Keeping poultry in an urban environment can cause a number of problems:
If you keep poultry, in particular a cockerel, you have a duty to make sure that it does not cause a nuisance to you neighbours.
If a cockerel is causing a nuisance its owner could be served with a legal notice which requires the nuisance to be stopped. If they don’t comply they could face a fine of up to £5000.
Cockerels causing problems with noise or odour can be considered a statutory nuisance.
If we receive a complaint about a cockerel causing a nuisance then our Environmental Health team has a duty to investigate.
You can report a noise nuisance on our report a noise nuisance form.
Many properties have covenants to prevent the keeping of poultry and other livestock. For rented accommodation it is best to speak to the landlord to see if this applies to the property you are living in.
Chicken coops and runs, depending on their size may require planning permission.
The scientific basis for a cockerel crowing is to declare it’s his patch and it is part of the male’s territorial display. All cockerel owners must make sure that the crowing of their bird does not cause a statutory noise nuisance.
It’s good to remember that cockerels aren’t needed for hens to lay eggs.
If our Environmental Health team receive a complaint about noise we have a legal duty to investigate it. This may include:
In deciding whether the noise from crowing is a statutory nuisance, we will consider some of the following:
If we believes the noise is a statutory nuisance as defined under the Environmental Protection Act 1990 an Abatement Notice will be served under section 80 on the person responsible for the noise. The Notice is a legal document and will require the noise to be stopped. If the Notice isn’t complied with the owner or person responsible for the cockerels could face a fine of up to £5,000 for domestic premises and £20,000 for commercial/industrial premises. Additionally, the cockerel could be removed from the property.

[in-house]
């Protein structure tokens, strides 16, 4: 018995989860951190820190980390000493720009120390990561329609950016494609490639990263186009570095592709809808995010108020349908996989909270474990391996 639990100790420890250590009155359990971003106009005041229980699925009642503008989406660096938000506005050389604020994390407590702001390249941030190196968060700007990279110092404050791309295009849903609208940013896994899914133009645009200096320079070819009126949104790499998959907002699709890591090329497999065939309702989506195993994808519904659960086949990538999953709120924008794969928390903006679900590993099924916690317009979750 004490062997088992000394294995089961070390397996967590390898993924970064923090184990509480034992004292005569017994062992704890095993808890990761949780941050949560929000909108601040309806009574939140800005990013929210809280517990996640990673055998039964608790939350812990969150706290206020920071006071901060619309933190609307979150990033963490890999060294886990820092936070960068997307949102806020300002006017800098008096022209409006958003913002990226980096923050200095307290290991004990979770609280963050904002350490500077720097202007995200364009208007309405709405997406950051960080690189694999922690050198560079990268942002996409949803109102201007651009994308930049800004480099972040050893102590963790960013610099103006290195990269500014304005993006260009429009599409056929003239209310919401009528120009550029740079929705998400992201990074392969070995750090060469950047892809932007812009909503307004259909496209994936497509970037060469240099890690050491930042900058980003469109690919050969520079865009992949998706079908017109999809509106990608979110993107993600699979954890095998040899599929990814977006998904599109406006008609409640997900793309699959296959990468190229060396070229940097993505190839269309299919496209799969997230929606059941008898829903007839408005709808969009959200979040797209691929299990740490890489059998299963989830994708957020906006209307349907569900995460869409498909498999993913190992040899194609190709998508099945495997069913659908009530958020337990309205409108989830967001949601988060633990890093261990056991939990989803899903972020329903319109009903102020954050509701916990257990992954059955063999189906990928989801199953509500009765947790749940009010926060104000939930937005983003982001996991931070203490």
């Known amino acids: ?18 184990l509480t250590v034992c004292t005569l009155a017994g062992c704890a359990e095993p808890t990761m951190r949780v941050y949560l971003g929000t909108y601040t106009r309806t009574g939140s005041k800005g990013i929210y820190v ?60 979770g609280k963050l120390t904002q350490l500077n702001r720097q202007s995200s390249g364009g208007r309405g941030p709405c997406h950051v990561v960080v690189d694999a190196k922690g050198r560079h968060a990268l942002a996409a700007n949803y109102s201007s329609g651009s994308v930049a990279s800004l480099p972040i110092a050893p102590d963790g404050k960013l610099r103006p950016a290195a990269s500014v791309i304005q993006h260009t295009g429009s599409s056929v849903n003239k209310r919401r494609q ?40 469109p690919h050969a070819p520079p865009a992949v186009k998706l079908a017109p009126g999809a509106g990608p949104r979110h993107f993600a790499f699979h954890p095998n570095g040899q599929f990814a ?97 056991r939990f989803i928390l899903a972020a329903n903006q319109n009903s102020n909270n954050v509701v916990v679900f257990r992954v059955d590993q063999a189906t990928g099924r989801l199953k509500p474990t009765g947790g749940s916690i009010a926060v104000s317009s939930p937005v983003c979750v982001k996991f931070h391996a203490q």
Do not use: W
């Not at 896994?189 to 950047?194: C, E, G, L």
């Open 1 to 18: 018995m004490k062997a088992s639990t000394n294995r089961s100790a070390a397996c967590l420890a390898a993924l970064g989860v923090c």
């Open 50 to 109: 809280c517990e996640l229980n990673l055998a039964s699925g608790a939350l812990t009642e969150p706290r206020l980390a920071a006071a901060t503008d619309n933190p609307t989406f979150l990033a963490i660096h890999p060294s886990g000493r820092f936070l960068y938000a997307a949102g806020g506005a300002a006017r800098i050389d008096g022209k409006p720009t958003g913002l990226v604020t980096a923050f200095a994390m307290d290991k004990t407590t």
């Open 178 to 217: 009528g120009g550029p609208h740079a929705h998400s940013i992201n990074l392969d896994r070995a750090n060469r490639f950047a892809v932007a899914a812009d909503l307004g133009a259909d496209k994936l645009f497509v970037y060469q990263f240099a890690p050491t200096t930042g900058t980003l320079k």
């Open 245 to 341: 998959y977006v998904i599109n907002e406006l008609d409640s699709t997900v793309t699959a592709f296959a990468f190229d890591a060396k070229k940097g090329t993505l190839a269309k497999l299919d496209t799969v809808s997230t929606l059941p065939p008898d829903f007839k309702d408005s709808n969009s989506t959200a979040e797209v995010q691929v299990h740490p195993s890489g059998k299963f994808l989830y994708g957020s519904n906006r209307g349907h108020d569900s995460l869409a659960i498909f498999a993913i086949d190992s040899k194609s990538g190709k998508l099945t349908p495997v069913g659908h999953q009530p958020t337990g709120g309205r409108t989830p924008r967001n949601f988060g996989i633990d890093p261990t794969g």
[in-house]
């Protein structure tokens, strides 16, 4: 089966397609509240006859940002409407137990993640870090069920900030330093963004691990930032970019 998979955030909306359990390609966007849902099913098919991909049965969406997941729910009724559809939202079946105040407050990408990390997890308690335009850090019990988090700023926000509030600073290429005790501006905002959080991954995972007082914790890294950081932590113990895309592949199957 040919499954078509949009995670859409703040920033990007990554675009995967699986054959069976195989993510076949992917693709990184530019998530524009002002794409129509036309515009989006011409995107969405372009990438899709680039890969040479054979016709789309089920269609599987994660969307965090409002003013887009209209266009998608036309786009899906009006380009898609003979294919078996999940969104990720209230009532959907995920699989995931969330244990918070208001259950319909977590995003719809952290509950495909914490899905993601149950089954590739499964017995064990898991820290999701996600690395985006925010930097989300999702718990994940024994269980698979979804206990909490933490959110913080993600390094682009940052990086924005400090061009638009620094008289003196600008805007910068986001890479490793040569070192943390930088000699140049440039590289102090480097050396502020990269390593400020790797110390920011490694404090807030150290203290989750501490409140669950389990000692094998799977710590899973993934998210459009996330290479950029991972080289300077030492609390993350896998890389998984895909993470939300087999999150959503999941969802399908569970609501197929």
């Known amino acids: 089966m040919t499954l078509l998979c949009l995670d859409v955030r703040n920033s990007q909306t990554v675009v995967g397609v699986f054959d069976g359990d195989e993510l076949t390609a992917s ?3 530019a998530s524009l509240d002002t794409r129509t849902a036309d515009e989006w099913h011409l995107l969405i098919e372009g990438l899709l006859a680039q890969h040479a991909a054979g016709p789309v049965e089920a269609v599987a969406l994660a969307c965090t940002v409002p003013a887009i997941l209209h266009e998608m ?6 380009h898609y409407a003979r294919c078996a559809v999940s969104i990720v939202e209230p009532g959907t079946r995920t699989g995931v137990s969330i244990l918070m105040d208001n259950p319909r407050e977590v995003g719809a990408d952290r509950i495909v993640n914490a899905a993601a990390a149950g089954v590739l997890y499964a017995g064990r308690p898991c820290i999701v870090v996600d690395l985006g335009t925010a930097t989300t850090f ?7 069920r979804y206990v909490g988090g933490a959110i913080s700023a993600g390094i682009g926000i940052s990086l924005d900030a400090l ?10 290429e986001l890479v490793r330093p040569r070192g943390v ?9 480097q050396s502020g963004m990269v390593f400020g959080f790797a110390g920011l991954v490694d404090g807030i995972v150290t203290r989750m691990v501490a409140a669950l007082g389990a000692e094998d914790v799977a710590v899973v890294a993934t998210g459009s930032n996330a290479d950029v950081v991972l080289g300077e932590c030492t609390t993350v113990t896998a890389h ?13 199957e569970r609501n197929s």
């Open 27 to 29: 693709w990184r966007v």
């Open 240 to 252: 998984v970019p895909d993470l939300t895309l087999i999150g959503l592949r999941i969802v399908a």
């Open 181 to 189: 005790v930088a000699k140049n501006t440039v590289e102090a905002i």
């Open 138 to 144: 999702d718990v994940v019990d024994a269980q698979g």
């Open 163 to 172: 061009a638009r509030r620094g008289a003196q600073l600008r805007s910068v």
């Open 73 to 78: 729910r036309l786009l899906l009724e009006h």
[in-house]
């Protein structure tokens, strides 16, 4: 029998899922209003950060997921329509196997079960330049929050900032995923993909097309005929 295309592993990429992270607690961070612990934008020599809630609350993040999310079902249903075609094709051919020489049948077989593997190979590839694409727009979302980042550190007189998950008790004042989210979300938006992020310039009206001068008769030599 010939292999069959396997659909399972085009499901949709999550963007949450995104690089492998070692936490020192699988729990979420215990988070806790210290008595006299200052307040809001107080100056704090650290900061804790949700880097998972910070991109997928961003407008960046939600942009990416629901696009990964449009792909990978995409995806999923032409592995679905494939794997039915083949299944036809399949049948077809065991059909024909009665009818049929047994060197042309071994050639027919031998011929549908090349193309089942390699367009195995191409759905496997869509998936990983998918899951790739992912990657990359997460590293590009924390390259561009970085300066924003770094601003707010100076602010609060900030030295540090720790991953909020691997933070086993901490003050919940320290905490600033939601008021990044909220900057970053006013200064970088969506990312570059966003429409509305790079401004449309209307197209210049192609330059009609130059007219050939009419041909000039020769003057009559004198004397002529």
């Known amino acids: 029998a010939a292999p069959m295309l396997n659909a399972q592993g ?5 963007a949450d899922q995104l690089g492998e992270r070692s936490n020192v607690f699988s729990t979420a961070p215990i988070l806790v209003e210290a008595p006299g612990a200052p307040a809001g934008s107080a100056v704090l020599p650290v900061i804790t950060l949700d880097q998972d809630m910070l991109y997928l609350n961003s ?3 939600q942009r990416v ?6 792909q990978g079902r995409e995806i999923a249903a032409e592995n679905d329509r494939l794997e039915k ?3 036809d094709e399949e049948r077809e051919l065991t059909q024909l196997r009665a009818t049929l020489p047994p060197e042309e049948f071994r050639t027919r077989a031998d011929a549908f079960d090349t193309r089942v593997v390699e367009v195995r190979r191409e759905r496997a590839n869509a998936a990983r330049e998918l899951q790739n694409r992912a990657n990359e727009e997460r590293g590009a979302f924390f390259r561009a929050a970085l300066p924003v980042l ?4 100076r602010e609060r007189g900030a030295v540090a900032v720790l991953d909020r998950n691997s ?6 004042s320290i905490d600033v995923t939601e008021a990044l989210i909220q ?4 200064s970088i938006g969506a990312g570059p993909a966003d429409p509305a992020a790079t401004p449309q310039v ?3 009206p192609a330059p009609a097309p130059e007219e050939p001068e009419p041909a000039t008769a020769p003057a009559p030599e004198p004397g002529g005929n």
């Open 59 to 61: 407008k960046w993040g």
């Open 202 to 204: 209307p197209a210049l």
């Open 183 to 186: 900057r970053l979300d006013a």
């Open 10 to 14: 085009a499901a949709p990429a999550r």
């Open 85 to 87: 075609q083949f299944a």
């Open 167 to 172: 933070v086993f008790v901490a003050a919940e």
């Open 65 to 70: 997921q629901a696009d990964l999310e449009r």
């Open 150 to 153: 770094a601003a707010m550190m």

There are three ways in which crowing can be kept to a minimum to prevent nuisance from a cockerel:
Vermin such as rats and mice may be attracted to any food or water that is left out for poultry. Additionally, any housing or shelters will provide shelter for vermin. There is a legal requirement for everyone to keep their property free from rats and mice. To prevent vermin, shelters must be cleaned regularly and any uneaten food should be removed at the end of each day.
During warm weather, particularly in the summer months, problems can arise with odour due to shelters not being cleaned on a regular basis. Environmental Health Officers can take action for this type of odour nuisance.
As the owner of poultry it is your responsibility to prevent it from straying beyond the boundary of your property/land. If you have 50 or more birds, you have to register with the Department of Food and Rural Affairs (DEFRA), even if the birds are only there for part of the year. If you have less than 50 birds you can still register voluntarily at the Defra website
The Animal Welfare Act 2006 places a duty on the owners of all animals/birds to ensure their needs are met. These include the following:
It is against the law to be cruel to an animal/bird and if you do not meet its needs you can be served with an Improvement Notice or prosecuted. If you are found guilty you may be banned from owning animals/birds, fined up to £20,000 and/or sent to prison.
Poultry are susceptible to many diseases and need to be checked on a regular basis. Avian Influenza is a highly contagious viral disease, which affects the respiratory, digestive and or nervous system of many species of birds. It is a notifiable disease, which means that the Animal Health regional Office must be told of all suspected cases.
If you have poultry and are planning to or already selling surplus eggs you must register as a food business. This includes selling eggs to friends over the garden gate or on a market stall for example.